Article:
APPLIED SCIENCES (APPL)
Special topics course. Content will vary each semester.
This course will explore fundamental engineering skills and the implications of engineering solutions. You will "learn how to learn" because technology changes rapidly and today's tools may soon be obsolete. The course will help you develop an entrepreneurial mindset to understand the larger context of solutions. A lot of class time is working time. For example, we will write computer programs to simulate real world systems. We will debate ethical issues associated with engineering innovations.
Students work in flexible, interdisciplinary teams to assess opportunities, brainstorm, and prototype solutions. Design thinking and physical prototyping skills are developed through fast-paced, iterative exercises in a variety of contexts and environments.
Design and fabrication for practical electronics circuits, including interfacing with sensors and actuators. Previously offered as APPL 411.
The basics of data acquisition and hardware interfacing using LabVIEW graphical programming. Previously offered as APPL 413.
This course is for anyone - student, researcher, hobbyist, etc. - who has an interest in getting into the world of electronics and micro-controllers. No prior experience is required. By the end of this class, you will be able to create and program simple systems that allow coordination of real-world inputs (lights, sound, motion, etc.). You will also be able to demonstrate how these systems can be used to implement complex behavior in custom-designed systems.
Learn how to use the premier microcontroller platform known as the Raspberry Pi (RPi)! This course is for anyone with an interest in programming, microcontrollers, and basic electronics. Prior experience with simple analog electronics (circuit-building) and the Arduino platform is recommended.
This course builds on APPL 112. Students will acquire signals from sensors and send them to an Arduino or other microcontroller. Students will also learn how to develop circuits that are part of the "Internet of Things" so that they can transmit sensor readings on the Internet. Most of the class time will be hands-on activities. Previously offered as APPL 414.
3D Printing, or additive manufacturing (AM), is used broadly from manufacturing to medical research. AM will play an increasingly large role in virtually all areas of research, industry, and commerce with new technologies and significant improvements occurring continually. The course will delve into major existing and developing technologies. We will explore design elements for AM, motion control and imaging technologies, materials performance and selection, and the physics of parts production. Previously offered as APPL 418.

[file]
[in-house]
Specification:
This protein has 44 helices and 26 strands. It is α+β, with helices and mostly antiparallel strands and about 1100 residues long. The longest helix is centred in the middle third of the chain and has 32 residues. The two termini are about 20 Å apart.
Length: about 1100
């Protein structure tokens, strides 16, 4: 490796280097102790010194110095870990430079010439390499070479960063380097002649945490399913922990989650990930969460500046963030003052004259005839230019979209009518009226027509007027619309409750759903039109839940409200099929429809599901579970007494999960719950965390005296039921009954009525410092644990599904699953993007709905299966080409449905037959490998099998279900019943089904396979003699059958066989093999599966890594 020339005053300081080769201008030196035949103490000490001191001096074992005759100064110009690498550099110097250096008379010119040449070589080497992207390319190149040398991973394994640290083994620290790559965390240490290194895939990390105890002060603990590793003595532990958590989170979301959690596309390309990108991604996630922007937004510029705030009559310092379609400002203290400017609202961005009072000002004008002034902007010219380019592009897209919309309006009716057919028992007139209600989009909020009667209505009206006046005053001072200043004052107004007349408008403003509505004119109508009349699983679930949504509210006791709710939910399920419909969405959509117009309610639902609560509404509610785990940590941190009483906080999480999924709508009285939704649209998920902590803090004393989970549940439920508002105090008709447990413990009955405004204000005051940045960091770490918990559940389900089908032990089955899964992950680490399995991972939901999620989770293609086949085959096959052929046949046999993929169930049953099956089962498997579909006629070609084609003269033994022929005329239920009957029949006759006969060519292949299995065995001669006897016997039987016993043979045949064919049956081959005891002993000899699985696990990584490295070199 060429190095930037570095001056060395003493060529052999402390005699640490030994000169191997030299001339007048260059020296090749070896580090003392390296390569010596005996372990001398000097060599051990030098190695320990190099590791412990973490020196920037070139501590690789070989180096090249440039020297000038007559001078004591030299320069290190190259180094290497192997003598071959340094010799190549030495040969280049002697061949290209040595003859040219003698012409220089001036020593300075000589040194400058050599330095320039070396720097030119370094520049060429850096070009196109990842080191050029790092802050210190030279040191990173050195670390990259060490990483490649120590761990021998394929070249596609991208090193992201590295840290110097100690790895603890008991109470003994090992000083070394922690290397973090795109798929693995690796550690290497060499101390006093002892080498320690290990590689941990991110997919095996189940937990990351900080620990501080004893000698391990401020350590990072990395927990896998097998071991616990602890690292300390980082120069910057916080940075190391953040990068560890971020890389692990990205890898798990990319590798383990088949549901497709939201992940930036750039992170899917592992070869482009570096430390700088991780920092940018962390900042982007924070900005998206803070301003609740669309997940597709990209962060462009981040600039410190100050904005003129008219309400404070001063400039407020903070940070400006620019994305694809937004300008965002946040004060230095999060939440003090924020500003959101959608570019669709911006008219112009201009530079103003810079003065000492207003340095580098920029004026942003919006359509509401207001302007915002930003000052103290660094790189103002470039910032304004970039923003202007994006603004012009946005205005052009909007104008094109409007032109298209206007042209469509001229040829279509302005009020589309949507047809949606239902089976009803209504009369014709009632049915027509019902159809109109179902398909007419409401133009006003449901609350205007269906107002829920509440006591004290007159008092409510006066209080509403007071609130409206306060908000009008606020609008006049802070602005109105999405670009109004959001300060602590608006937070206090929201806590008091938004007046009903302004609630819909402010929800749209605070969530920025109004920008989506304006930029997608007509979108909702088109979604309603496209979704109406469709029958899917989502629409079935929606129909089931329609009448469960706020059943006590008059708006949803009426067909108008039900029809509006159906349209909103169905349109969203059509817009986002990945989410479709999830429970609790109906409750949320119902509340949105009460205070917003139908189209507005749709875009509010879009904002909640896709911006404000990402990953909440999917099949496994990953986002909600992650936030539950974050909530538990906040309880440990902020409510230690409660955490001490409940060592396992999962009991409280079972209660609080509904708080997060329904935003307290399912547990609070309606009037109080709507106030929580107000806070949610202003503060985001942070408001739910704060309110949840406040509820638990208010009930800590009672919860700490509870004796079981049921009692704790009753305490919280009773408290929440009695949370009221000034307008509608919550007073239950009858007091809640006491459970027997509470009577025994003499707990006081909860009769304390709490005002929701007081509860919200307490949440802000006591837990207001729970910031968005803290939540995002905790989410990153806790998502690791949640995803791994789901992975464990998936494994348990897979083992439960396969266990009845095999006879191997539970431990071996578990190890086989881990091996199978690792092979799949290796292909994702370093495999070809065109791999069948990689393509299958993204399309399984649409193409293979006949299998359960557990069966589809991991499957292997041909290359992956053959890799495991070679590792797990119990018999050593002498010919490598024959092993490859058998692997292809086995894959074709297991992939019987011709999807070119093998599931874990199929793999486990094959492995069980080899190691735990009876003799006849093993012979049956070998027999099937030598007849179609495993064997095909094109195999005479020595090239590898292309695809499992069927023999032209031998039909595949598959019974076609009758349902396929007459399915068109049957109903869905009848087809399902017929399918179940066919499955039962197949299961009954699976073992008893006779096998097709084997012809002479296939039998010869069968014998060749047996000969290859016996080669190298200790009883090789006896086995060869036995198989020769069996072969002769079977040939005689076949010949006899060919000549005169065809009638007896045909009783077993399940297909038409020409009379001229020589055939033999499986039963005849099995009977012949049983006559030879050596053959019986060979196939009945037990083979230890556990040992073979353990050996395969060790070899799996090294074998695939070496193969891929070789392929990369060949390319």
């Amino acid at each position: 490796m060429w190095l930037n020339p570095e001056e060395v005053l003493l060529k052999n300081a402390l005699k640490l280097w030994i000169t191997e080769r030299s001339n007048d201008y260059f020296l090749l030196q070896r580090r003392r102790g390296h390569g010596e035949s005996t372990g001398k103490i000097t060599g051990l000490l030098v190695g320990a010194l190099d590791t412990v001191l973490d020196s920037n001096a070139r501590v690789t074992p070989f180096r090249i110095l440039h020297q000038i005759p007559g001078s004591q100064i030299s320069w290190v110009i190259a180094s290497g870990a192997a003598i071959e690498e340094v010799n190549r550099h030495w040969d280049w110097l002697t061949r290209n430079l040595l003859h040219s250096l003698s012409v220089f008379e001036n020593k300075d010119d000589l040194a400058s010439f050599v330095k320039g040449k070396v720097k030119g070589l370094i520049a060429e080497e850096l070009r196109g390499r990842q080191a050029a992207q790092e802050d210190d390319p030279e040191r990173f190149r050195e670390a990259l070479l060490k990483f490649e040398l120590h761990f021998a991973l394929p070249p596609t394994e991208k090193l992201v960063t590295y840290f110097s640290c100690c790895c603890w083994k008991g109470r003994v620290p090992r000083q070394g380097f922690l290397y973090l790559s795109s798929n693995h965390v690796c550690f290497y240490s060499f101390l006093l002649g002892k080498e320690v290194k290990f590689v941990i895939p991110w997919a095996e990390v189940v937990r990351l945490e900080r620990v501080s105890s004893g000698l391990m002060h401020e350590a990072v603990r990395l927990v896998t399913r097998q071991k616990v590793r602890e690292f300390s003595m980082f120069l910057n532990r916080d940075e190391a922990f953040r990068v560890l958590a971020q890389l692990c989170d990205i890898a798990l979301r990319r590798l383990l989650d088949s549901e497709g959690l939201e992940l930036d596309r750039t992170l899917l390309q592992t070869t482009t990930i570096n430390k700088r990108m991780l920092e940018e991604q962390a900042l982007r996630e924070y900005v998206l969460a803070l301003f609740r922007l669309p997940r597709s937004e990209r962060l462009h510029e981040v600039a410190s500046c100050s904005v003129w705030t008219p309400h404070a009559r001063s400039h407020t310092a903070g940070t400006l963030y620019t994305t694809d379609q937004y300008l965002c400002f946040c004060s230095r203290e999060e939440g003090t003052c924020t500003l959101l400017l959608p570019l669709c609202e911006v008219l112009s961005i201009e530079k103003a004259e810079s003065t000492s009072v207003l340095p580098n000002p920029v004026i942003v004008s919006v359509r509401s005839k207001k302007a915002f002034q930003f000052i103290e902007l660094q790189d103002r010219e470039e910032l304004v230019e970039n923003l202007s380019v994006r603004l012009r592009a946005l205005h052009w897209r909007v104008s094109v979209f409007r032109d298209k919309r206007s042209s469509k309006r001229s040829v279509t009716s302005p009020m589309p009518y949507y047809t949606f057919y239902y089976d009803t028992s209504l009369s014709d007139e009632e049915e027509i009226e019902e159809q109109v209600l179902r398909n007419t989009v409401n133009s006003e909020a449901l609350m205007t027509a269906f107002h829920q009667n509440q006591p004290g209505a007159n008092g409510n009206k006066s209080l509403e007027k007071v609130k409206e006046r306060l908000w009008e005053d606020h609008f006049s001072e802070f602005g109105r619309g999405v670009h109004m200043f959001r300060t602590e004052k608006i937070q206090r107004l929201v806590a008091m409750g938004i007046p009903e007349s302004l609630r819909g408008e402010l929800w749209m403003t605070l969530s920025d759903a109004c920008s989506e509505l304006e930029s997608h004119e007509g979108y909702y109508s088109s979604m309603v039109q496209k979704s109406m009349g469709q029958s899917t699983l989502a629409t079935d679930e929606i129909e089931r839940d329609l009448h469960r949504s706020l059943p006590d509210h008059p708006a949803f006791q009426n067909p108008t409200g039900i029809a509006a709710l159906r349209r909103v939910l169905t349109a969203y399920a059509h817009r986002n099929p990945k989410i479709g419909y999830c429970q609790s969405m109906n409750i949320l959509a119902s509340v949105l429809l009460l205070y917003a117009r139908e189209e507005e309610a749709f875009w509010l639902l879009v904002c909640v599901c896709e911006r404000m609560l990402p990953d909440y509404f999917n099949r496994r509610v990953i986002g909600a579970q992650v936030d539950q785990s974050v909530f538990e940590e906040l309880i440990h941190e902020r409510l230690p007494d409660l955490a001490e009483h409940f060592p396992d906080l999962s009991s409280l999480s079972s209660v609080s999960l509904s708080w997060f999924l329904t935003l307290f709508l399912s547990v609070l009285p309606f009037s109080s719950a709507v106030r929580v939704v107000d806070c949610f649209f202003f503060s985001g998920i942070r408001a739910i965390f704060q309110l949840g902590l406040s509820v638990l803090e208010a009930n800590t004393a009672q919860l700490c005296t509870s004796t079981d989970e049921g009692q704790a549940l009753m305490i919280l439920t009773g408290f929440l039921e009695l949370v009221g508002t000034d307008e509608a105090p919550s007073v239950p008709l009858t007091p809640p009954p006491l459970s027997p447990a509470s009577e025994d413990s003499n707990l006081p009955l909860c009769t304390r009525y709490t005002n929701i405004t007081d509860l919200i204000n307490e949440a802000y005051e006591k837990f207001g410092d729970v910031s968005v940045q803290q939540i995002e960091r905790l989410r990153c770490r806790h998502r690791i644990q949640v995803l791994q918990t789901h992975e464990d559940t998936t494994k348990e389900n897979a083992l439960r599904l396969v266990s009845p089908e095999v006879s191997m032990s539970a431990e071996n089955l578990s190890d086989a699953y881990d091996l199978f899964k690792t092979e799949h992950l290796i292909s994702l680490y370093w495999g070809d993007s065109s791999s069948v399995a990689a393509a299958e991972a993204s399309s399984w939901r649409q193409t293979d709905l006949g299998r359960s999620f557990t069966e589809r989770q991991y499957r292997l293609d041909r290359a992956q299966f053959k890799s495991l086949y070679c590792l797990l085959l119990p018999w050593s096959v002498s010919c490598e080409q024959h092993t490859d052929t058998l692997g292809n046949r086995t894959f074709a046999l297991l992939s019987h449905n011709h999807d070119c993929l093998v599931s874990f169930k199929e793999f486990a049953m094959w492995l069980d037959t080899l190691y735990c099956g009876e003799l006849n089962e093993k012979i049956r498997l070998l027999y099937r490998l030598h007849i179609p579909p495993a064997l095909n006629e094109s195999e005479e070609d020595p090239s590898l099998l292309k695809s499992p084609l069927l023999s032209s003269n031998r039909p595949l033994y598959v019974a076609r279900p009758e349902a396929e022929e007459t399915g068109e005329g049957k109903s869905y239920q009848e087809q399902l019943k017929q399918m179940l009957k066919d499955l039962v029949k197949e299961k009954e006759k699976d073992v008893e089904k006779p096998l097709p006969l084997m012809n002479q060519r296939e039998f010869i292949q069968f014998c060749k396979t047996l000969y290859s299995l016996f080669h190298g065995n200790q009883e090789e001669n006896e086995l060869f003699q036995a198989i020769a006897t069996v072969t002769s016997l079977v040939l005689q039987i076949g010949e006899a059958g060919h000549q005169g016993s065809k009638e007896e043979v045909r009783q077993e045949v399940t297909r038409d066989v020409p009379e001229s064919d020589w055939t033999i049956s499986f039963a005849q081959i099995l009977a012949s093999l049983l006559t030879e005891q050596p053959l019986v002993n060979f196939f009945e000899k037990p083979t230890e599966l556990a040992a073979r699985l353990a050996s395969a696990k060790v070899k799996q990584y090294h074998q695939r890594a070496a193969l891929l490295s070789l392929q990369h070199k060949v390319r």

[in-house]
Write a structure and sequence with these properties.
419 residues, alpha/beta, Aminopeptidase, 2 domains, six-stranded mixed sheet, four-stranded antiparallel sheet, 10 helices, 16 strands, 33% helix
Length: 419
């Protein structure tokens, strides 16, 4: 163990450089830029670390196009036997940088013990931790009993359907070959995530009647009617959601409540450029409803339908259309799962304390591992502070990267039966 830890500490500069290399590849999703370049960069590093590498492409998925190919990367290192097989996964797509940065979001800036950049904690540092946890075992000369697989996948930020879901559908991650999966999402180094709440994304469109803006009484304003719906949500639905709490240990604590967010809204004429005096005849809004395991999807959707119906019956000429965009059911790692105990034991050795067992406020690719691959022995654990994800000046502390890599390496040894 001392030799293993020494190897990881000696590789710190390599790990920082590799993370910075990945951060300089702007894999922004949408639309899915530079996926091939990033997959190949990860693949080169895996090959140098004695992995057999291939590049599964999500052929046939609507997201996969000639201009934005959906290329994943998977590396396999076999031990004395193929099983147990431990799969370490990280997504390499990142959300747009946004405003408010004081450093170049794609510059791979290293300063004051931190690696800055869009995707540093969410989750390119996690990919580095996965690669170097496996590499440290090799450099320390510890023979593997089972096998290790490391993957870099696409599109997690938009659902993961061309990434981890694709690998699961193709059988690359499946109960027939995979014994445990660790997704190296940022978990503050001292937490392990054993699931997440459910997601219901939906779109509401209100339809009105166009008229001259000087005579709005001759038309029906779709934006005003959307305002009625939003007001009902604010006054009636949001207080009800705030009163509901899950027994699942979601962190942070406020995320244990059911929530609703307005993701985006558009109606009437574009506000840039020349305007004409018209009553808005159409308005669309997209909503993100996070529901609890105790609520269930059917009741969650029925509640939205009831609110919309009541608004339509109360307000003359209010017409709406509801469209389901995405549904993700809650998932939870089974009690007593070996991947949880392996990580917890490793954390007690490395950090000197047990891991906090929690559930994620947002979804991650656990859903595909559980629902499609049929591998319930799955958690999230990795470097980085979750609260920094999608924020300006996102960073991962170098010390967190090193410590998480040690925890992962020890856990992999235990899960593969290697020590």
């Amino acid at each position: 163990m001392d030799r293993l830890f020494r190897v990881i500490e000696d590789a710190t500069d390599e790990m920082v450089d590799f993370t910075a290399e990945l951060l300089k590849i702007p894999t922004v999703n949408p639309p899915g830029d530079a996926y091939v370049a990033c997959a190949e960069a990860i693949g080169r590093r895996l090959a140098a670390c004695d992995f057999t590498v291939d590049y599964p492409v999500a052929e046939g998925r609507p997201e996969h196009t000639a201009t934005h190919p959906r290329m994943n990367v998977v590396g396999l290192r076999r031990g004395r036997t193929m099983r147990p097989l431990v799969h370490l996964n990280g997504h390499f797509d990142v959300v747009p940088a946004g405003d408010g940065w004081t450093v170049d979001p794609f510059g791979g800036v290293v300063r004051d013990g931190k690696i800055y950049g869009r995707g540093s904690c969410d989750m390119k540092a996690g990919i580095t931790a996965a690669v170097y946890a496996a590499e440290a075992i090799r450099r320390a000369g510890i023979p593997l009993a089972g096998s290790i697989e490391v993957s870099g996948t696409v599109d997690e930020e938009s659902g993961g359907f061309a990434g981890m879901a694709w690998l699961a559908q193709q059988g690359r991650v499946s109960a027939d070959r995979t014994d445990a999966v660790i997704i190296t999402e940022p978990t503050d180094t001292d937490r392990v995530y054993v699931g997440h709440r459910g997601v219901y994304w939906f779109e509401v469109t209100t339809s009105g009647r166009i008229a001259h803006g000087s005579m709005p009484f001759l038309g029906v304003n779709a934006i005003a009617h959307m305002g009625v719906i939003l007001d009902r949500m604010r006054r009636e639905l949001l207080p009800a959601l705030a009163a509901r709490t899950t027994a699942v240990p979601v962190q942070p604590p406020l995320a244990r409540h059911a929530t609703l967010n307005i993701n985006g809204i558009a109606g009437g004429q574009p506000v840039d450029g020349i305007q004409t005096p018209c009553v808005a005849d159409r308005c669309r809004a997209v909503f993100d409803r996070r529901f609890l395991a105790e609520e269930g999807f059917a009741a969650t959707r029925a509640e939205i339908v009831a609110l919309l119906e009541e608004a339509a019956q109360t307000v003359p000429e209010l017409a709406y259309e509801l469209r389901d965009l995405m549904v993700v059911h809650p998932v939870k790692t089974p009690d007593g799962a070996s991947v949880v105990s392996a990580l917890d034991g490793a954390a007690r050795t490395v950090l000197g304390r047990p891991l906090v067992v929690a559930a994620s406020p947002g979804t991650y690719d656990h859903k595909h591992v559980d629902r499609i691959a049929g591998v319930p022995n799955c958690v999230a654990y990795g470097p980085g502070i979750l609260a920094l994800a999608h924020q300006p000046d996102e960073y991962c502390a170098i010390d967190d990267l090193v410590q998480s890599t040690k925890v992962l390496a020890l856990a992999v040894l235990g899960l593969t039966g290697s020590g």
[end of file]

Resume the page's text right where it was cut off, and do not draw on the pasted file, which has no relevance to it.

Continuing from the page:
Specialty topics in applied physical sciences for undergraduates.
Review of fluid mechanics including the fundamentals of pressure/flow relationships, fluid properties, and flow regimes. Students will design and create physical prototypes that demonstrate specific concepts and measure defined parameters. Students will use the BeAM makerspace network to make things that illustrate fluid device design. Class time includes exercises to reinforce concepts and a guided design activity to create a physical device. Required preparation: BeAM orientation, laser training, 3D-printer training. Previously offered as APPL 475.
Learn how to analyze, design, and build systems. Model and understand how physical and environmental parameters of sensors work and interact with electrical circuits. Learn the basics of circuit design and analysis to amplify and "clean up" the signals with filters. Learn how to acquire these signals to a computer through data acquisition hardware and LabView software. Develop an entrepreneurial mindset to understand the economic, environmental, and ethical issues that affect your system design.
This course will be an introduction to topics in materials science and with a strong focus on materials, processing and engineering and how design plays a pivotal role in materials selection. A central theme will be in-class demonstrations and hands-on experiments so you will experience first-hand why materials do what they do and how to select the appropriate material for the right application. It's a materials world after all!